Now we consider a Disturbance, a Regulator, and an Outcome. Then:
"The first estimate of Disturbance's variety puts it too high, and we are in danger of deducing (if the regulator's capacity is given) that regulation of Outcome to a certain degree is not possible. Further examination of Disturbance may, however, show that the components are not independent, that constraint exists, and that the real variety in Disturbance is much lower than the first estimate. It may be found that, with Regulator's capacity given, this smaller variety can be regulated against, and full regulation or control achieved at Outcome. Thus the discovery of a constraint may convert 'regulation impossible' to 'regulation possible'. If Regulator's capacity is fixed, it is the only way....
If Regulator's capacity is not easily increased and the other methods are not possible, then the Law of Requisite Variety says that the discovery of a constraint is the would-be regulator's only hope." [Ashby, 13/5]
"Cybernetic methods may be decisive in the treatment of certain difficult problems not by a direct winning of the solution but by a demonstration that the problem is wrongly conceived, or based on an erroneous assumption.
"Some of today's outstanding problems about the brain and behaviour come to us from mediaeval and earlier times, when the basic assumptions were very different and often, by today's standards, ludicrously false. Some of the problems are probably wrongly put, and are on a par with the problem, classic in mediaeval medicine: what are the relations between the four elements and the four humours? This problem, be it noticed, was never solved -- what happened was that when chemists and pathologists got to know more about the body they realised that they must ignore it....
"It seems likely that the new insight given by cybernetics may enable us to advance to a better discrimination; if this happens, it will dispose of some questions by a clear demonstration that they should not be asked." [Ashby, 9/22]
[In like fashion, we might advance to a better discrimination, enabling us to dispose of businesses that should never have been formed.]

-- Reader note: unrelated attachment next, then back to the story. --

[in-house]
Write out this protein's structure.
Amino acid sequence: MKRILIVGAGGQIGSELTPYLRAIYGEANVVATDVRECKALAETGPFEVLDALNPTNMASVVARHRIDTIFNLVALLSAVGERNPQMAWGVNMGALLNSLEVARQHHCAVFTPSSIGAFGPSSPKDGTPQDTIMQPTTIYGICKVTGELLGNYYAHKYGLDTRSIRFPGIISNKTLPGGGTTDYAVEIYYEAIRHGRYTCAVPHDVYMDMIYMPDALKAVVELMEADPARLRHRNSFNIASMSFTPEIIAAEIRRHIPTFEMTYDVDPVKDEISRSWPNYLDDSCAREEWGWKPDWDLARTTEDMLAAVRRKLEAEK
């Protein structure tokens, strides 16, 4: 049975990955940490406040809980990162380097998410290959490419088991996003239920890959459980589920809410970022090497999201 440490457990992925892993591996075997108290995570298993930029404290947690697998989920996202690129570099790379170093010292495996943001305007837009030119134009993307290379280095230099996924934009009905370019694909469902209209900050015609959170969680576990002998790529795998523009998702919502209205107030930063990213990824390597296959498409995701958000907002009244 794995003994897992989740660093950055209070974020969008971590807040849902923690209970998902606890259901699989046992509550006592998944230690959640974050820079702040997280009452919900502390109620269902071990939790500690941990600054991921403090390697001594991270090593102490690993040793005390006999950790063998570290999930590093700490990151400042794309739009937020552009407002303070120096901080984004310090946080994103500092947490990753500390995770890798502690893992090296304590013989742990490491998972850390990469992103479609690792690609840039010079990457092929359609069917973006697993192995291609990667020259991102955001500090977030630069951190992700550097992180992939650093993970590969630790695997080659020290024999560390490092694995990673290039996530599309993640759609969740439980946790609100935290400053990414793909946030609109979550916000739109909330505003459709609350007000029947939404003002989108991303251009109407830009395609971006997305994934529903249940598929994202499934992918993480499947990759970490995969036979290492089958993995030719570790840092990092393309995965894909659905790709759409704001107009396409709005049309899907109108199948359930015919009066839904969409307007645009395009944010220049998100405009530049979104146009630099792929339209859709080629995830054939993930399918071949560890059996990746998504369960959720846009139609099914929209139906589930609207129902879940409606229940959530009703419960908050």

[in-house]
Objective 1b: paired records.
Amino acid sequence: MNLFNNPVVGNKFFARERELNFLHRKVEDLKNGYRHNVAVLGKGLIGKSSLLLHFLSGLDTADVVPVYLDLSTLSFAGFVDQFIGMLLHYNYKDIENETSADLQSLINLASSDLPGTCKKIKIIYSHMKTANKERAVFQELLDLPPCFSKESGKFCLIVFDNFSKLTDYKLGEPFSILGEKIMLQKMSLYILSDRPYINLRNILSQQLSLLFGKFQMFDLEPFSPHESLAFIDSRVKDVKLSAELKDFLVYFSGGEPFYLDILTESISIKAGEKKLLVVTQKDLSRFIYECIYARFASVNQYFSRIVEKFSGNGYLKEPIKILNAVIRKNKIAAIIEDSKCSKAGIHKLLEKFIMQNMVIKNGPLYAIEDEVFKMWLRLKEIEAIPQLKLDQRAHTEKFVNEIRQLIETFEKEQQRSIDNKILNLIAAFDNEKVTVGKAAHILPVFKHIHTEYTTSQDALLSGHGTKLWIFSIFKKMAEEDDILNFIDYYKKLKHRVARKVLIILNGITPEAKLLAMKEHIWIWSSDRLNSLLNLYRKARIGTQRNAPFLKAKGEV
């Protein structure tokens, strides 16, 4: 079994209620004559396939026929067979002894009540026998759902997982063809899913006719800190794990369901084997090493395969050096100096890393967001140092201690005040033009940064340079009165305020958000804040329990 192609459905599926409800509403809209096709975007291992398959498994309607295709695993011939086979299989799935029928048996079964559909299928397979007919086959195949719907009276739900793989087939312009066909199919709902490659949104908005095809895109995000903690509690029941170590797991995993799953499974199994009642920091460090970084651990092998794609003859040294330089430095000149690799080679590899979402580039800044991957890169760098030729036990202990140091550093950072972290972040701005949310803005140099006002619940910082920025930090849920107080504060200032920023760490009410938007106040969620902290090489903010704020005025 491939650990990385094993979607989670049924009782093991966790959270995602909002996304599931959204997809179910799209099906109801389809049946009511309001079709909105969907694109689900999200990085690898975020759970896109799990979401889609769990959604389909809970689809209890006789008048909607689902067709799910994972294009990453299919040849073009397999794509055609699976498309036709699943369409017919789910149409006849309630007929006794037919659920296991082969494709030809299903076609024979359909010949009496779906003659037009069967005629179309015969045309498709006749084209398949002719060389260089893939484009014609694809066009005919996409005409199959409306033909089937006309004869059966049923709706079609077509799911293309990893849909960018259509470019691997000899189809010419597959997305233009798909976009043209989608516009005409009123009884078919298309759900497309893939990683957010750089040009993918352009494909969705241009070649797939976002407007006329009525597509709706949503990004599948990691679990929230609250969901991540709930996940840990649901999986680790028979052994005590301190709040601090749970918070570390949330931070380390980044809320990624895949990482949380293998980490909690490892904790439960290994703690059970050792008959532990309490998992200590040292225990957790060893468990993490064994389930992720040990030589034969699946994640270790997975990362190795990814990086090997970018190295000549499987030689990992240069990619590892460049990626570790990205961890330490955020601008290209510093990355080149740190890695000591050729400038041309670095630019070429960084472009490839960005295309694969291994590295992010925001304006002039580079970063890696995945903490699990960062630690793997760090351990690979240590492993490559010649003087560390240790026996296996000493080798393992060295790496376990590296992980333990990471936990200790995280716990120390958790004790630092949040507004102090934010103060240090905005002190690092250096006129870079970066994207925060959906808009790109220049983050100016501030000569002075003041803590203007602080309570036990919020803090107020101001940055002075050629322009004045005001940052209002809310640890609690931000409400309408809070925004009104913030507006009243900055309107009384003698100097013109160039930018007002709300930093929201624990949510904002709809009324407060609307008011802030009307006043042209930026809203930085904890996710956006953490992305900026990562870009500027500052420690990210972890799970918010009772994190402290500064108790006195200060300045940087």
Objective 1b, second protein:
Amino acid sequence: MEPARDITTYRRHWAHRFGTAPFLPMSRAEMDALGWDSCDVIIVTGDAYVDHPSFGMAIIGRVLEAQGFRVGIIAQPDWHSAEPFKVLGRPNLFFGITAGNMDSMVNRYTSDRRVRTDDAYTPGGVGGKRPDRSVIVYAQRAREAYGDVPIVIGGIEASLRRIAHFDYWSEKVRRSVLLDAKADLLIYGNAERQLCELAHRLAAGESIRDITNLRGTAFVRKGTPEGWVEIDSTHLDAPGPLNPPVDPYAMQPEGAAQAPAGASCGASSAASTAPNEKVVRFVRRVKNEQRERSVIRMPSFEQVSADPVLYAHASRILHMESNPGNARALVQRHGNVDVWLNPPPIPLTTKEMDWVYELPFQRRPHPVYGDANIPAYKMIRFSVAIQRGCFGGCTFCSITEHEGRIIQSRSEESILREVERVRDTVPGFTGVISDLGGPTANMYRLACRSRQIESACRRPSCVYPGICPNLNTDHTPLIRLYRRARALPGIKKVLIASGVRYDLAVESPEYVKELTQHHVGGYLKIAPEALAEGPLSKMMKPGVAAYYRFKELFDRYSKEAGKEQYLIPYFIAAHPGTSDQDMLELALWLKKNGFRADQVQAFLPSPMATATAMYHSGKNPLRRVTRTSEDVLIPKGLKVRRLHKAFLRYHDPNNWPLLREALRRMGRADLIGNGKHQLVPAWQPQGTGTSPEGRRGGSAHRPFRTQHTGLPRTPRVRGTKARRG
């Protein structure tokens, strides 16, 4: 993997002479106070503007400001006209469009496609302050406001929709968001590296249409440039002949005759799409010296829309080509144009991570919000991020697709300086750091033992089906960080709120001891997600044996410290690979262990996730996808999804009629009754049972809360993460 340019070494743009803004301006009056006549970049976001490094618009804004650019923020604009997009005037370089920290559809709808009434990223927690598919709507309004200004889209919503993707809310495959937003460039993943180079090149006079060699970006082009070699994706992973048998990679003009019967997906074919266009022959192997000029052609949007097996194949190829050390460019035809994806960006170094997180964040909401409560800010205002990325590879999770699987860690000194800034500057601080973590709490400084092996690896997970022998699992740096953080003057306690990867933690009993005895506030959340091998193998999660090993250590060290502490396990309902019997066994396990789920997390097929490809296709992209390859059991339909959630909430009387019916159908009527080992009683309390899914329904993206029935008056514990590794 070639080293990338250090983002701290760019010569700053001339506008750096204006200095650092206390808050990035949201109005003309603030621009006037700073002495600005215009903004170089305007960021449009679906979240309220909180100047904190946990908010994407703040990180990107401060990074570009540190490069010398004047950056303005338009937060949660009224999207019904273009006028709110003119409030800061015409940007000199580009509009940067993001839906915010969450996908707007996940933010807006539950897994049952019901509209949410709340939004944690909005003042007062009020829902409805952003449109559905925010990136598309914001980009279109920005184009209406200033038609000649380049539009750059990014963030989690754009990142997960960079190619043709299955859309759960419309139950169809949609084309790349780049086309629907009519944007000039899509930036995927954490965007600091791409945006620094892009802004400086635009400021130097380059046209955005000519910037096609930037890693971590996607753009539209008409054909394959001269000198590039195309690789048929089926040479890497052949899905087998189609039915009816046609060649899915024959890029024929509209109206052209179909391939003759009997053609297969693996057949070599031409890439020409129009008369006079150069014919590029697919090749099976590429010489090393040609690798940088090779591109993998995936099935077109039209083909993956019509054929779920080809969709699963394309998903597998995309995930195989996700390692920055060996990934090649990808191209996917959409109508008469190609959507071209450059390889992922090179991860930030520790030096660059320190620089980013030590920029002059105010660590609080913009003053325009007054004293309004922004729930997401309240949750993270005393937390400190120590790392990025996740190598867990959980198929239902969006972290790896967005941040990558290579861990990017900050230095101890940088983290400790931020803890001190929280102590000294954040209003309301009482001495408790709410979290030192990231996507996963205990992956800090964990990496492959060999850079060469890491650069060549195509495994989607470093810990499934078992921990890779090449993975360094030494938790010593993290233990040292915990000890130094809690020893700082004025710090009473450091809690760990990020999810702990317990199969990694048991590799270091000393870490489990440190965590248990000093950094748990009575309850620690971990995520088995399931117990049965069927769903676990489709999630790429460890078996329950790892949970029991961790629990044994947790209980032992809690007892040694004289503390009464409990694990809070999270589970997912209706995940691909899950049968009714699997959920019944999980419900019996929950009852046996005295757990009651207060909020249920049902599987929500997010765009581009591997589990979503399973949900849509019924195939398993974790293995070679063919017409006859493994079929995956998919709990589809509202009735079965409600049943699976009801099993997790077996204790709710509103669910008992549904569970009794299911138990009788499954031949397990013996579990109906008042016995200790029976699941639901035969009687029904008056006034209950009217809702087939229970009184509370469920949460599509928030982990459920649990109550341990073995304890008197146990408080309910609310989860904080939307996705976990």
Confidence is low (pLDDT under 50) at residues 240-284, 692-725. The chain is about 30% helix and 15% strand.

Reflecting upon the discussion of stability above, we now can define survival:
"Suppose a mouse is trying to escape from a cat, so that the survival of the mouse is in question. As a dynamic system, the mouse can be in a variety of states; thus it can be in various postures, its head can be turned this way or that, it may have two ears or one. These different states may occur during its attempt to escape and it may still be said to have survived. On the other hand if the mouse changes its state in which it ... has lost its head, or has become a solution of amino-acids circulating in the cat's blood then we do not consider its arrival at one of these states as corresponding to "survival".... We shall restrict the words "living mouse" to mean the mouse in one of the states in some subset of these possibilities....
"This representation of survival is identical with that of the "stability" of a set.... The states ... that correspond to the living organism are then those states in which certain essential variables are kept within assigned ("physiological") limits." [Ashby, 10/4]
The Law of Requisite Variety
"Only variety in R [regulator] can force down the variety due to D [disturbance]; only variety can destroy variety." [Ashby, 11/7]
While this presentation of the work of Dr. Ashby is incomplete, it offers useful terminology for nurture capital. For example, by using these definitions of freedom (variety) and constraint, we remove some of the emotional baggage and political overtones which confuse effective management of complexity. The interested reader is encouraged to obtain this profound text, still in print as of this writing, to explore the subject in greater depth.